What can I do to save my basil leaves when the plant gets too big? Should I freeze the leaves or dry them out and what is the proper procedure for either? -
Either method is fine. It really comes down to a personal preference. These articles will help you with either:
I am growing basil but in a slightly different way than most. I want to grow and harvest the basil for its 'premature' or unopened flower buds rather than for its leaves, though I will make use of the leaves as well. I was wondering, do different growing/fertilizing techniques apply since I'm going for the buds rather than leaves? I want the buds to have maximum possible size and flavor/smell potency. I have purchased regular and bloom enhancing Miracle Grow fertilizer. When do you think that the bloom enhancer should be applied to ensure optimum results?
The fertilizer can be applied regularly as soon as the plant has about 4-8 true leaves. Really, the bloom enhancing fertilizers tend to have more phosphorous. Using more phosphorous and less nitrogen will encourage blossoming and less foliage.
I seem to be doing everything right and I keep losing my indoor basil plants? What do you think is the problem?
Basil can be tricky indoors. The most common reason for failure is simply not enough light. If your basil is leggy before it dies, this is a good sign it is not getting enough light. You can supplement the light with a florescent light placed near (like a few inches) the plant.
Other common reasons for basil dying indoors are fungus (brown spots on the leaves or fuzzy mold will indicate this), pests (small spots - sometimes fuzzy spots) and over and under watering (droopy leaves in both cases).
I have Thai basil and lemon basil in my veggie garden. The Thai basil grows really good but not my lemon basil. The leaves are skinny and yellow. I've tried to put it in the container, hoping it would grow well, but its the same. Then I put some horse manure on top of the soil to make it better, but I think it made the plant even unhappier. What should I do?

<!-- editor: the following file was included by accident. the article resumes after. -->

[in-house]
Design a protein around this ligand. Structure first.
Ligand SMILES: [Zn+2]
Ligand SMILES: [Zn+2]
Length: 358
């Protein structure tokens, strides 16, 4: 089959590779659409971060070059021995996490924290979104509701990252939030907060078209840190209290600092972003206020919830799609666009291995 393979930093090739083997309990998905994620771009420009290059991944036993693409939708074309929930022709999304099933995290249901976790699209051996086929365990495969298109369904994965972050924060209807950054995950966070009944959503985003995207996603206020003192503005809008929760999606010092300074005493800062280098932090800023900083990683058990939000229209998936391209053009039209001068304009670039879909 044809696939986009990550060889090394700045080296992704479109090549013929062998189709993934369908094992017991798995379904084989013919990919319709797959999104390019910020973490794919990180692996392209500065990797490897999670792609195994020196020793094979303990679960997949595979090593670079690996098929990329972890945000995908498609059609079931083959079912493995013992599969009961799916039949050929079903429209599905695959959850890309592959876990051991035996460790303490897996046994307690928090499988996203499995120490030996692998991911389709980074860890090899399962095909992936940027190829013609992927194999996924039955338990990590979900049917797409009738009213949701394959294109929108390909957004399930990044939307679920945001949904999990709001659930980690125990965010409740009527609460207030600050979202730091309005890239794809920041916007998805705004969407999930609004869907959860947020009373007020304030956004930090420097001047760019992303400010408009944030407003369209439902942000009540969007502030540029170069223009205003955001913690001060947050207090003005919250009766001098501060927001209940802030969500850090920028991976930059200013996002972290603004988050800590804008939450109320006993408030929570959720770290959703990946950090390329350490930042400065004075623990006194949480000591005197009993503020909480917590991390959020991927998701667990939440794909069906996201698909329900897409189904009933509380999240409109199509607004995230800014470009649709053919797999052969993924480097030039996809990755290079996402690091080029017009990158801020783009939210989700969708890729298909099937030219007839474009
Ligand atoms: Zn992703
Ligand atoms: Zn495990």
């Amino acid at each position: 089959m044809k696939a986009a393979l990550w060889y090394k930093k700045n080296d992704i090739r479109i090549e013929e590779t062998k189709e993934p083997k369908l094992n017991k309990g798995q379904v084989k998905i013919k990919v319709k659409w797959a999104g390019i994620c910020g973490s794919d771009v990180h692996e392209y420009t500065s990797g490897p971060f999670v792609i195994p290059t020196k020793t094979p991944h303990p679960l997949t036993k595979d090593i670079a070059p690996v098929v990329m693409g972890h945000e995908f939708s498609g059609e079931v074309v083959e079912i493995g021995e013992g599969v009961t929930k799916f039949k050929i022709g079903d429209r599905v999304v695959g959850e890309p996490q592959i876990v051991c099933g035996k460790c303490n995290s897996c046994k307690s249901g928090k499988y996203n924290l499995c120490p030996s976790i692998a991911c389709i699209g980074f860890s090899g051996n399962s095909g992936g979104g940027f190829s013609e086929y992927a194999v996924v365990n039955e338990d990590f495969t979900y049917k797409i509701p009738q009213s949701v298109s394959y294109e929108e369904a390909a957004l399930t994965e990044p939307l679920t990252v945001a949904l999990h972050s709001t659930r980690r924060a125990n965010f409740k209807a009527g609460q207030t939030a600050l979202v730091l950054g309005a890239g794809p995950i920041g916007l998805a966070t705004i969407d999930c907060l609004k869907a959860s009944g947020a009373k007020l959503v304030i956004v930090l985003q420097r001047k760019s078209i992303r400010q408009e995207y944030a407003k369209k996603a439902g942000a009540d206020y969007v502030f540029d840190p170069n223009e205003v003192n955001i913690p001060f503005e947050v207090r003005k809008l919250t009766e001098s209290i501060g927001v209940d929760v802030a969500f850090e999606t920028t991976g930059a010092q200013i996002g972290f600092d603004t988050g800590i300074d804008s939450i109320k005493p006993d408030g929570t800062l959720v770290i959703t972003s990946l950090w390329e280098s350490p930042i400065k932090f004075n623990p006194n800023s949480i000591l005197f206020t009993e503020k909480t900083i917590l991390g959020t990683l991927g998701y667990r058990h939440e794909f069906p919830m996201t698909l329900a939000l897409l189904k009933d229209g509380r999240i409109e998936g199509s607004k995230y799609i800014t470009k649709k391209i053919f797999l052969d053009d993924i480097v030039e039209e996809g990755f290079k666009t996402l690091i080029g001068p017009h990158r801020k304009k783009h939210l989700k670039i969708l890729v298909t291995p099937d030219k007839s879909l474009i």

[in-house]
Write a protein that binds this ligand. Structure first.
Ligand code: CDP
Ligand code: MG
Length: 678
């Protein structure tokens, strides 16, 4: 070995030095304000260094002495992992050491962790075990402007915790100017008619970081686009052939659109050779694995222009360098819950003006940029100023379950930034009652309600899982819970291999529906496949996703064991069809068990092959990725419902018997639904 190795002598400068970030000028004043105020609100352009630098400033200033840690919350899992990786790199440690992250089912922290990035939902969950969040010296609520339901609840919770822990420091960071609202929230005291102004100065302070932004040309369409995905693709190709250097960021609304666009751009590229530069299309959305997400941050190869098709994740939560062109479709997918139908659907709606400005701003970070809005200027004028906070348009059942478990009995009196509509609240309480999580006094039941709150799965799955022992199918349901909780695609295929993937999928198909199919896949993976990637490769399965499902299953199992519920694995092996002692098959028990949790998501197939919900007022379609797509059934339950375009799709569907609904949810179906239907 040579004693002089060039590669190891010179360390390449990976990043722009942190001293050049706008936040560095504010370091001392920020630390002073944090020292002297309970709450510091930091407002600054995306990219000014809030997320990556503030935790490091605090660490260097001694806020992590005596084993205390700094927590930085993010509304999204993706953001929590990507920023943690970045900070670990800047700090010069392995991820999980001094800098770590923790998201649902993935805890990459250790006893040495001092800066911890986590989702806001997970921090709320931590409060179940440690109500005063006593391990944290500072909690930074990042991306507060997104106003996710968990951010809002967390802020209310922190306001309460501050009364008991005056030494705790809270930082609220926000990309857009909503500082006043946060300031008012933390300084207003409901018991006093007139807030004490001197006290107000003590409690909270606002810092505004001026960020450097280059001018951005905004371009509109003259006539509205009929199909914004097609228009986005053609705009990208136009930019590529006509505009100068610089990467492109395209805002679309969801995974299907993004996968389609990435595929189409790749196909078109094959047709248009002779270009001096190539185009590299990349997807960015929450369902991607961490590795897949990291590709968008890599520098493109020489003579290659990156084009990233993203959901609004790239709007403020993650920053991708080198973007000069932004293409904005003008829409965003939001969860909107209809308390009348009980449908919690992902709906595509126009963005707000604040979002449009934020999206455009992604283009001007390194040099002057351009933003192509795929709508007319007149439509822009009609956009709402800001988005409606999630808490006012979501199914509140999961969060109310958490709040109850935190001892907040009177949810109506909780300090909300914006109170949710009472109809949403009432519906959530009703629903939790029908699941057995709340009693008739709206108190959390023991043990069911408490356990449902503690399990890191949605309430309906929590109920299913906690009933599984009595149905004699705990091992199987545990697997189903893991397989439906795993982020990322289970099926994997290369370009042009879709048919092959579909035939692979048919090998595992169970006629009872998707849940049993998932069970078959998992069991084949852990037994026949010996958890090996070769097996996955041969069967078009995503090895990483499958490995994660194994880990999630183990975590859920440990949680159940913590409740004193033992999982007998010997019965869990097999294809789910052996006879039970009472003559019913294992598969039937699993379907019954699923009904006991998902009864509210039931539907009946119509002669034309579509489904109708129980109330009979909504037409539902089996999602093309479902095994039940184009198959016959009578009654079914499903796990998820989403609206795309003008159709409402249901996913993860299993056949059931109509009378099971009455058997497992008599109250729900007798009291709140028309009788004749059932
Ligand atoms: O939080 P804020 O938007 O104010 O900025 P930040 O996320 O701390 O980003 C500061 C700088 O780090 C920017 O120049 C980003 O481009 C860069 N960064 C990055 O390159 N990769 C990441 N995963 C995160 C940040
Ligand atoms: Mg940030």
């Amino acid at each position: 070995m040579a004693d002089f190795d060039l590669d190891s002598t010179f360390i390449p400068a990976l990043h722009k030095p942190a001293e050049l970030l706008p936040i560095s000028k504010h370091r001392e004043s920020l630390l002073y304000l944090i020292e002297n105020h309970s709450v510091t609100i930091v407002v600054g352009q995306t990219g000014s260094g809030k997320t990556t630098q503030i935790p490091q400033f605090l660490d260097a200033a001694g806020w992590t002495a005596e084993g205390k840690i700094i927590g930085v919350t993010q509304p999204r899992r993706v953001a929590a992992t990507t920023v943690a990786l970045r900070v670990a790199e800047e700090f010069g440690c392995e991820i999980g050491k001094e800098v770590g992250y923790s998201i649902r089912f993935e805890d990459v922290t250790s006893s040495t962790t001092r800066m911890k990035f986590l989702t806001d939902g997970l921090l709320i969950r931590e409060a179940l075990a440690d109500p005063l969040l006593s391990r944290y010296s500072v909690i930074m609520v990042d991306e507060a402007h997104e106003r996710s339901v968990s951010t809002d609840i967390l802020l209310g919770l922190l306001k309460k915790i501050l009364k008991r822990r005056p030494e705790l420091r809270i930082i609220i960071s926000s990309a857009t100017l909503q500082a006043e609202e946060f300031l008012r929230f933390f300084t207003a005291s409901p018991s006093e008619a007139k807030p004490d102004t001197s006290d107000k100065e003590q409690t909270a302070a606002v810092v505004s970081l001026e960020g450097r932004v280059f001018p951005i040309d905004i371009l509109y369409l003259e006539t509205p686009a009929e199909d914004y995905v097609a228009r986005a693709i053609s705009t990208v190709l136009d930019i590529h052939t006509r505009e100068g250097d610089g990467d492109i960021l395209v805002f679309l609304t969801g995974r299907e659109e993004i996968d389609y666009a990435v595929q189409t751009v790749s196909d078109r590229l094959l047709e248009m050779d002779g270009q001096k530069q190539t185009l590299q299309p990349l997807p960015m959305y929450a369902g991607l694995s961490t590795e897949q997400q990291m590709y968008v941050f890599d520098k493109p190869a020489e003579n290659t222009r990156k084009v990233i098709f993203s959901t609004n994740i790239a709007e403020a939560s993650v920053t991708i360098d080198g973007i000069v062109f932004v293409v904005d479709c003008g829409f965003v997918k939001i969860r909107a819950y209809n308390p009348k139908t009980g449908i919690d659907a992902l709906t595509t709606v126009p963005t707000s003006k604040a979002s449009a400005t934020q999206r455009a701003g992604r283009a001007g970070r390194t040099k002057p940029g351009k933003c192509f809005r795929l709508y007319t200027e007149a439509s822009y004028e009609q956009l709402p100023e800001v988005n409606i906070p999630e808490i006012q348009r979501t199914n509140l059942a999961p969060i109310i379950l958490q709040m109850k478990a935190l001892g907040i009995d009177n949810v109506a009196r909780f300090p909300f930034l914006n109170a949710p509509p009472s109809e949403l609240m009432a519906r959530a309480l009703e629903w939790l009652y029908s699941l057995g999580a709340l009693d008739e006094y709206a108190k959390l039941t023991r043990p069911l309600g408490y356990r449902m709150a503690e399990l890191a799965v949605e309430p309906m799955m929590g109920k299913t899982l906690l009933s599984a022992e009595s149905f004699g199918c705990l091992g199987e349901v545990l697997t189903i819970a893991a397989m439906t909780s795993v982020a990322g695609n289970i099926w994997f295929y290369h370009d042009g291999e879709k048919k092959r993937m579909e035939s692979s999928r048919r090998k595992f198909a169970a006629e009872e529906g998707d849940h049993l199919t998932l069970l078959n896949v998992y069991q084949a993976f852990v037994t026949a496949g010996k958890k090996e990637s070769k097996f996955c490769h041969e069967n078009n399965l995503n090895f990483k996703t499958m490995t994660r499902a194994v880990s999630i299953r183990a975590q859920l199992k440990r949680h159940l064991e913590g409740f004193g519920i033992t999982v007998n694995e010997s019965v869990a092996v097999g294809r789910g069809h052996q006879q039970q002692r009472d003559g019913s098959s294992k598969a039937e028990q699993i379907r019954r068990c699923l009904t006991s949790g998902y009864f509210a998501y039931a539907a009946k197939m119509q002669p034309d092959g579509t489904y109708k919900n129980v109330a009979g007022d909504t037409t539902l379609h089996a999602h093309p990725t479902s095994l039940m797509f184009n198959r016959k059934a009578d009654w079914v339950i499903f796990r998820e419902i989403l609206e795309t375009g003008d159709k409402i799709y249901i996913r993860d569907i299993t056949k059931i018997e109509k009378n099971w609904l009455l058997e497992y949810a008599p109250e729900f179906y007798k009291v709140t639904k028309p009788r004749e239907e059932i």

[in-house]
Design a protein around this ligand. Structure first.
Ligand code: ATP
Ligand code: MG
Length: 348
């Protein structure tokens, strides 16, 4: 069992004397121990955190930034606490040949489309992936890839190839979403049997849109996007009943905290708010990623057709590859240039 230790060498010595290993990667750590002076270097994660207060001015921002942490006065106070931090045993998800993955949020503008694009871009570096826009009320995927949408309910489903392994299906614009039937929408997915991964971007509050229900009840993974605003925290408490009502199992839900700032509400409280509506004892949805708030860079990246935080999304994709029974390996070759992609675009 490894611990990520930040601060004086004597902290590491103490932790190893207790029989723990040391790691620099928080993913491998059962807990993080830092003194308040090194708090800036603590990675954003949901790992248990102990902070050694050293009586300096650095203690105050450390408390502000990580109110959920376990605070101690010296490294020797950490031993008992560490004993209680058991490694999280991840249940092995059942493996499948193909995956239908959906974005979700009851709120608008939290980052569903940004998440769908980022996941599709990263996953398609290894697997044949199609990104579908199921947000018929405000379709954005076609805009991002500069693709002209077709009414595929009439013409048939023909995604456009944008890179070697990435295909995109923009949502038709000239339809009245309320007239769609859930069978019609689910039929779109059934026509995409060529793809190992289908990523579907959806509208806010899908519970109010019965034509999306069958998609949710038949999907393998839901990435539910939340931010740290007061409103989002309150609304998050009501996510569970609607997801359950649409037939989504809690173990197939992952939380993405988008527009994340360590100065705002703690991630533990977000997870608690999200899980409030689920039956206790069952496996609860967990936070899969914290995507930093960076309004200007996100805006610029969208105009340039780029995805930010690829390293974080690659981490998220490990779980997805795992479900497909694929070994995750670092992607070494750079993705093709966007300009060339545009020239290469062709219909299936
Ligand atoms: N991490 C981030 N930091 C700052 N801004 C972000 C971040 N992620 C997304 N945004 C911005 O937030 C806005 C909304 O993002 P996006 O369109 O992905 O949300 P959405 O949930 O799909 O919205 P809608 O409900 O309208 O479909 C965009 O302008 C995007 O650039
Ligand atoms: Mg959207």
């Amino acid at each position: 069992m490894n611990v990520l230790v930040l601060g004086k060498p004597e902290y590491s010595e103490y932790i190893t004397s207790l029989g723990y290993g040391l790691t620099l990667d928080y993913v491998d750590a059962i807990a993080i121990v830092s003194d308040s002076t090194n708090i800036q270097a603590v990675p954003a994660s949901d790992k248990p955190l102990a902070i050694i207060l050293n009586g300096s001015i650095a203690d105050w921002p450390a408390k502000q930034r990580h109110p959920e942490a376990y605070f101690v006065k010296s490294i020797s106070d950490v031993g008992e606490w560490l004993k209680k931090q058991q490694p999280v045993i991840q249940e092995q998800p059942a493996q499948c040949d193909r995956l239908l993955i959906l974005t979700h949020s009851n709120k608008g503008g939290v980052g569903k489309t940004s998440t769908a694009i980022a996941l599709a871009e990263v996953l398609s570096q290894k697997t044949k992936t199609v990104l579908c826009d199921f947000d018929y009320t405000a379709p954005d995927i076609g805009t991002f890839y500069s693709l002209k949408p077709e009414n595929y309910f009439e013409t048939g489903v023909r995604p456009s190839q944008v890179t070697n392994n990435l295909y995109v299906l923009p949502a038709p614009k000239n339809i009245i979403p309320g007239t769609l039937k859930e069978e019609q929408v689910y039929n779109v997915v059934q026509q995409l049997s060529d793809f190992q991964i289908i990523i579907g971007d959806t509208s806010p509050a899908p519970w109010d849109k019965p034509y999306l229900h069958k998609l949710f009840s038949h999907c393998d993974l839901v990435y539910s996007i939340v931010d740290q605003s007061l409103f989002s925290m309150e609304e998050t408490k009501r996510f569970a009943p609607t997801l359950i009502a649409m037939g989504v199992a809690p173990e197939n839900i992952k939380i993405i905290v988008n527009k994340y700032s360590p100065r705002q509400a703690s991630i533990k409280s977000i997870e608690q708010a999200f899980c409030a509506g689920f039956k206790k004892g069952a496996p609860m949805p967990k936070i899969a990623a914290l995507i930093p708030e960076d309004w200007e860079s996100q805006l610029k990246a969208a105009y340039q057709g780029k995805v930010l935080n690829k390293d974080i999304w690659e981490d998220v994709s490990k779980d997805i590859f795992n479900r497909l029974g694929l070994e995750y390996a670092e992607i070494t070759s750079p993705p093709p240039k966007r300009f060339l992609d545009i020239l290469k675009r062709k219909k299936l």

It sounds like it may have Fusarium Wilt, which is caused by a fungus. Thai basil tends to be resistant to it, as does lemon, though not as much as thai basil is. It sounds like your variety was not resistant enough. Unfortunately, there is not much that can be done with it. I would recommend disposing of it and starting over.
Without seeing your problem plant, I'm going to guess that it's getting too much water (and fertilizer) since it was in a vegetable garden. Herbs like to suffer. They do well in hot sun, kind of crappy soil and less rather than more water.
I have a lot of Ocimum sanctum plants in my garden, all in pots, but recently I shifted the plants to new building. Now I found that all the plants are shedding all the leaves, which look dried. I examined the roots, and they're decayed and slowly spreading to the stem. Please clarify what is the problem? The soil is not in direct sunlight. Most plants are showing same symptoms.
It sounds like they have root rot. It is likely either Pythium and Rhizoctonia root rot, as these are most common on these plants. These articles will have more information:
I recently planted some herbs (basil, oregano, parsley, dill, rosemary, tarragon and thyme). The seedlings are about an inch high. How many should I keep in each pot? The pots are 4 inches in diameter?
For pots that size, I would recommend one plant per pot.
How do you know when to harvest your basil?
You should start pinching your basil as soon as it about 6" tall. Just pinch off the tips of the branches (and use them in a recipe) and continue to do so through the season. This article will help: https://www.gardeningknowhow.com/edible/herbs/hgen/making-herbs-bigger-through-pinching-and-harvesting.htm